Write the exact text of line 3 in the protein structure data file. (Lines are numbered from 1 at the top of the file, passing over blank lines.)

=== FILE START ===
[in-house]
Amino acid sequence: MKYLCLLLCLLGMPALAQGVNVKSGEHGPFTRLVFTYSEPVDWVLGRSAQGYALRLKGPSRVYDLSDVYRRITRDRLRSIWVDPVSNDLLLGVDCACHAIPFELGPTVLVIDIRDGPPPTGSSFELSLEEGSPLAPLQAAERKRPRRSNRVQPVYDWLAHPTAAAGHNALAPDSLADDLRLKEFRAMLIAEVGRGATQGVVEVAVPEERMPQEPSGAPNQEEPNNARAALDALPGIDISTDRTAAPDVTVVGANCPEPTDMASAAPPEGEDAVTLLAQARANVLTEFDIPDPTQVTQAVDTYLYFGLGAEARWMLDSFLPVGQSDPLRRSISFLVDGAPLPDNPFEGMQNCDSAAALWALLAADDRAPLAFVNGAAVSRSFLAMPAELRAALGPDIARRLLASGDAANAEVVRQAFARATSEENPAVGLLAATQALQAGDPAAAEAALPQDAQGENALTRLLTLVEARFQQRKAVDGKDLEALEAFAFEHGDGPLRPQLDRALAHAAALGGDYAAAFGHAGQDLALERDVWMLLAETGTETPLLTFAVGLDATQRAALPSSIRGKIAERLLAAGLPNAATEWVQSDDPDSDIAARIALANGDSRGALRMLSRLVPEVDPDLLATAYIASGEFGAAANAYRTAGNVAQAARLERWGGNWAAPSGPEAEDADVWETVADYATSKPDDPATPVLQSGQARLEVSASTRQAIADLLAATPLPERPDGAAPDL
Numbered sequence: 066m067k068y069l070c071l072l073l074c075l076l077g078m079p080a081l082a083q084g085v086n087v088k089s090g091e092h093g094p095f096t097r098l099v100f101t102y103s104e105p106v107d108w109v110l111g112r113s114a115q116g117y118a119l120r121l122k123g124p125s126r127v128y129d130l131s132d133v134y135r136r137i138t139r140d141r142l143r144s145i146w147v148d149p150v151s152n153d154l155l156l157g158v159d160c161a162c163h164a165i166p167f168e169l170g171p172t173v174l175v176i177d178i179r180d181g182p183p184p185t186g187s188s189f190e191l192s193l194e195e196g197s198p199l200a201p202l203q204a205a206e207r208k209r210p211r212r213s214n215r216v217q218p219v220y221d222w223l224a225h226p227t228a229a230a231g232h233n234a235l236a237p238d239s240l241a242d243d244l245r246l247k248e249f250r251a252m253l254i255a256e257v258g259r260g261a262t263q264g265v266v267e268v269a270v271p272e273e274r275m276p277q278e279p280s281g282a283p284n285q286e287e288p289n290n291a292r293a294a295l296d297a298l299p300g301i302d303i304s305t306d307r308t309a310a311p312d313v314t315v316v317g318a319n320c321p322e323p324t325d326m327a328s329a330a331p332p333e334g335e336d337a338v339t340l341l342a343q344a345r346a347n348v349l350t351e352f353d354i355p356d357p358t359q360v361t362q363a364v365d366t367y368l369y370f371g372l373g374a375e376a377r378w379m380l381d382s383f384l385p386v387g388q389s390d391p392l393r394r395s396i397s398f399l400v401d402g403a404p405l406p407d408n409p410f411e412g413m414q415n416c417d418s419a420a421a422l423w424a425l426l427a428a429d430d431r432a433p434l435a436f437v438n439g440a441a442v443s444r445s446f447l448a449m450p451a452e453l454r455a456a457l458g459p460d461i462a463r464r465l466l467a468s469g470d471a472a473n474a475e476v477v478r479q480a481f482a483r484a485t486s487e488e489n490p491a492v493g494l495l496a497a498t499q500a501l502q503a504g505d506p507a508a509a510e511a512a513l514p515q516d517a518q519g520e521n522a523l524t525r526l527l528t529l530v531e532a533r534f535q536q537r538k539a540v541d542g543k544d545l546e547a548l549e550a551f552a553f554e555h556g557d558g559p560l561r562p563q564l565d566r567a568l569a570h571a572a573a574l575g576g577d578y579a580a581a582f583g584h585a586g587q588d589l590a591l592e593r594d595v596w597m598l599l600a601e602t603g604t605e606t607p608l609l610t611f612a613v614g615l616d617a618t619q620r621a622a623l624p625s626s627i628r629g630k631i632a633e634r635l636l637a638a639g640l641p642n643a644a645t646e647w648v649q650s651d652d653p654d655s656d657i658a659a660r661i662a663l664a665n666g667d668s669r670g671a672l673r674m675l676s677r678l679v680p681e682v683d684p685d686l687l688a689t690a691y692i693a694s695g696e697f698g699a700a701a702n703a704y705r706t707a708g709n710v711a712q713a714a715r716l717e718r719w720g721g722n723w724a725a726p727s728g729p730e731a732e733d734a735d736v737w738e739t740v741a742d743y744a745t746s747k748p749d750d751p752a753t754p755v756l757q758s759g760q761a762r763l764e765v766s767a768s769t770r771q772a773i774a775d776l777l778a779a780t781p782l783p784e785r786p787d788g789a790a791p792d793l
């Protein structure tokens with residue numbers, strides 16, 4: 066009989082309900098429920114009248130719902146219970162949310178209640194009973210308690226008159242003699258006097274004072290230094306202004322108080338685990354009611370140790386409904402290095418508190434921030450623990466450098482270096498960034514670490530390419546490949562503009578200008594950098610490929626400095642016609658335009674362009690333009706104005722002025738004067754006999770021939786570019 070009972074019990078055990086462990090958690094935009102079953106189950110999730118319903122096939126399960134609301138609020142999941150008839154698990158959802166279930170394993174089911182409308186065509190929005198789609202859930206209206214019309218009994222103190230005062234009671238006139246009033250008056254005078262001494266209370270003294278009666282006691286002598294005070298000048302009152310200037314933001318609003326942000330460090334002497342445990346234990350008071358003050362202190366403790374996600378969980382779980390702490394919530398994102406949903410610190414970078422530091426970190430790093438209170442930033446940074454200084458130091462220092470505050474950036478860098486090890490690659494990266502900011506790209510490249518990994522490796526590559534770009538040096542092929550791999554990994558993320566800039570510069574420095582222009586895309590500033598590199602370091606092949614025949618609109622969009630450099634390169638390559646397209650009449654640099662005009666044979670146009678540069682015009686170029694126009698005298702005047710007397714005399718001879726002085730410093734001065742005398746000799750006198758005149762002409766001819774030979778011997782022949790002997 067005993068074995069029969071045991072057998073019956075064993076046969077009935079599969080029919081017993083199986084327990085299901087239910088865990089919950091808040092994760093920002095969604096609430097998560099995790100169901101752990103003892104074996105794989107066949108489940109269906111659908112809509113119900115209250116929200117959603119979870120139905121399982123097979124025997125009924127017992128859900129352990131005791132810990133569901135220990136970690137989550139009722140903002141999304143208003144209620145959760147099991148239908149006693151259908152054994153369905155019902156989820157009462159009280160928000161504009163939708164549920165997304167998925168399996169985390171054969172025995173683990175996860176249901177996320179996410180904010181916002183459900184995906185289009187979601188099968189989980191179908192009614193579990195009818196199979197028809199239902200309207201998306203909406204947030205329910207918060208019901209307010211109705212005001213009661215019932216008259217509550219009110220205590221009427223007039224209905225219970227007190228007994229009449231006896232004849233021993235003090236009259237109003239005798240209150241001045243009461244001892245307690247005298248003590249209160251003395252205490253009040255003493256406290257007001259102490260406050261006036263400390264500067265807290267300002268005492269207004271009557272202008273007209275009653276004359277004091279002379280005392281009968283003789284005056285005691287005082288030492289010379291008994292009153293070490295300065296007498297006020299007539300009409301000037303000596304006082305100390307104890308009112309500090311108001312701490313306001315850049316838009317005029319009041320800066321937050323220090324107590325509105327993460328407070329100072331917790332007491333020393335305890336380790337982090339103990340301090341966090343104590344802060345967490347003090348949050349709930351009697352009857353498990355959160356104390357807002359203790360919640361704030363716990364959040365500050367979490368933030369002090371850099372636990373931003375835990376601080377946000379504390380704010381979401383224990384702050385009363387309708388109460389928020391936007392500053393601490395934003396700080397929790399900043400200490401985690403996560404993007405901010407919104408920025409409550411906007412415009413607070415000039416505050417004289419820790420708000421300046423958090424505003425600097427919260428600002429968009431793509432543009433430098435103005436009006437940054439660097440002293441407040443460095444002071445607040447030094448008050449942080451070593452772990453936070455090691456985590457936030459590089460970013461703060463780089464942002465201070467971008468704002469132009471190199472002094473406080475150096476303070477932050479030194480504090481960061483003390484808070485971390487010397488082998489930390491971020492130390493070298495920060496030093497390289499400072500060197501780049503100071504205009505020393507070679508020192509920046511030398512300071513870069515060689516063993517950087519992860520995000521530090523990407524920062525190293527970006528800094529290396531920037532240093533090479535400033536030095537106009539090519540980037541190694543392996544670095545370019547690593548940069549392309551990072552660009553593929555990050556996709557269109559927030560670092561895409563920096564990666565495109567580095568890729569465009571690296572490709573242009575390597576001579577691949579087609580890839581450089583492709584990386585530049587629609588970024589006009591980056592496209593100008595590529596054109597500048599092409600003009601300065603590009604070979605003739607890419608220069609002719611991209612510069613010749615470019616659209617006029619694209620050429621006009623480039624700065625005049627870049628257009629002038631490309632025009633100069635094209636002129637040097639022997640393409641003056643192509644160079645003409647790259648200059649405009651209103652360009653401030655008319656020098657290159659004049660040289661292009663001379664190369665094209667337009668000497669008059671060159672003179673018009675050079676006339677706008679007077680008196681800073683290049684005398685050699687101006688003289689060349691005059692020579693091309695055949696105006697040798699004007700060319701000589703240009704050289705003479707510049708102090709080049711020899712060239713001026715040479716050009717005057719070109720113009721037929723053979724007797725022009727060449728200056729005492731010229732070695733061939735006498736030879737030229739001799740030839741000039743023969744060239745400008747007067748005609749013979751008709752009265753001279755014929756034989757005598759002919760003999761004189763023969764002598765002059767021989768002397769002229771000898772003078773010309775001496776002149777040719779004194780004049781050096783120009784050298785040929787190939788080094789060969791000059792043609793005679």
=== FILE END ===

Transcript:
Numbered sequence: 066m067k068y069l070c071l072l073l074c075l076l077g078m079p080a081l082a083q084g085v086n087v088k089s090g091e092h093g094p095f096t097r098l099v100f101t102y103s104e105p106v107d108w109v110l111g112r113s114a115q116g117y118a119l120r121l122k123g124p125s126r127v128y129d130l131s132d133v134y135r136r137i138t139r140d141r142l143r144s145i146w147v148d149p150v151s152n153d154l155l156l157g158v159d160c161a162c163h164a165i166p167f168e169l170g171p172t173v174l175v176i177d178i179r180d181g182p183p184p185t186g187s188s189f190e191l192s193l194e195e196g197s198p199l200a201p202l203q204a205a206e207r208k209r210p211r212r213s214n215r216v217q218p219v220y221d222w223l224a225h226p227t228a229a230a231g232h233n234a235l236a237p238d239s240l241a242d243d244l245r246l247k248e249f250r251a252m253l254i255a256e257v258g259r260g261a262t263q264g265v266v267e268v269a270v271p272e273e274r275m276p277q278e279p280s281g282a283p284n285q286e287e288p289n290n291a292r293a294a295l296d297a298l299p300g301i302d303i304s305t306d307r308t309a310a311p312d313v314t315v316v317g318a319n320c321p322e323p324t325d326m327a328s329a330a331p332p333e334g335e336d337a338v339t340l341l342a343q344a345r346a347n348v349l350t351e352f353d354i355p356d357p358t359q360v361t362q363a364v365d366t367y368l369y370f371g372l373g374a375e376a377r378w379m380l381d382s383f384l385p386v387g388q389s390d391p392l393r394r395s396i397s398f399l400v401d402g403a404p405l406p407d408n409p410f411e412g413m414q415n416c417d418s419a420a421a422l423w424a425l426l427a428a429d430d431r432a433p434l435a436f437v438n439g440a441a442v443s444r445s446f447l448a449m450p451a452e453l454r455a456a457l458g459p460d461i462a463r464r465l466l467a468s469g470d471a472a473n474a475e476v477v478r479q480a481f482a483r484a485t486s487e488e489n490p491a492v493g494l495l496a497a498t499q500a501l502q503a504g505d506p507a508a509a510e511a512a513l514p515q516d517a518q519g520e521n522a523l524t525r526l527l528t529l530v531e532a533r534f535q536q537r538k539a540v541d542g543k544d545l546e547a548l549e550a551f552a553f554e555h556g557d558g559p560l561r562p563q564l565d566r567a568l569a570h571a572a573a574l575g576g577d578y579a580a581a582f583g584h585a586g587q588d589l590a591l592e593r594d595v596w597m598l599l600a601e602t603g604t605e606t607p608l609l610t611f612a613v614g615l616d617a618t619q620r621a622a623l624p625s626s627i628r629g630k631i632a633e634r635l636l637a638a639g640l641p642n643a644a645t646e647w648v649q650s651d652d653p654d655s656d657i658a659a660r661i662a663l664a665n666g667d668s669r670g671a672l673r674m675l676s677r678l679v680p681e682v683d684p685d686l687l688a689t690a691y692i693a694s695g696e697f698g699a700a701a702n703a704y705r706t707a708g709n710v711a712q713a714a715r716l717e718r719w720g721g722n723w724a725a726p727s728g729p730e731a732e733d734a735d736v737w738e739t740v741a742d743y744a745t746s747k748p749d750d751p752a753t754p755v756l757q758s759g760q761a762r763l764e765v766s767a768s769t770r771q772a773i774a775d776l777l778a779a780t781p782l783p784e785r786p787d788g789a790a791p792d793l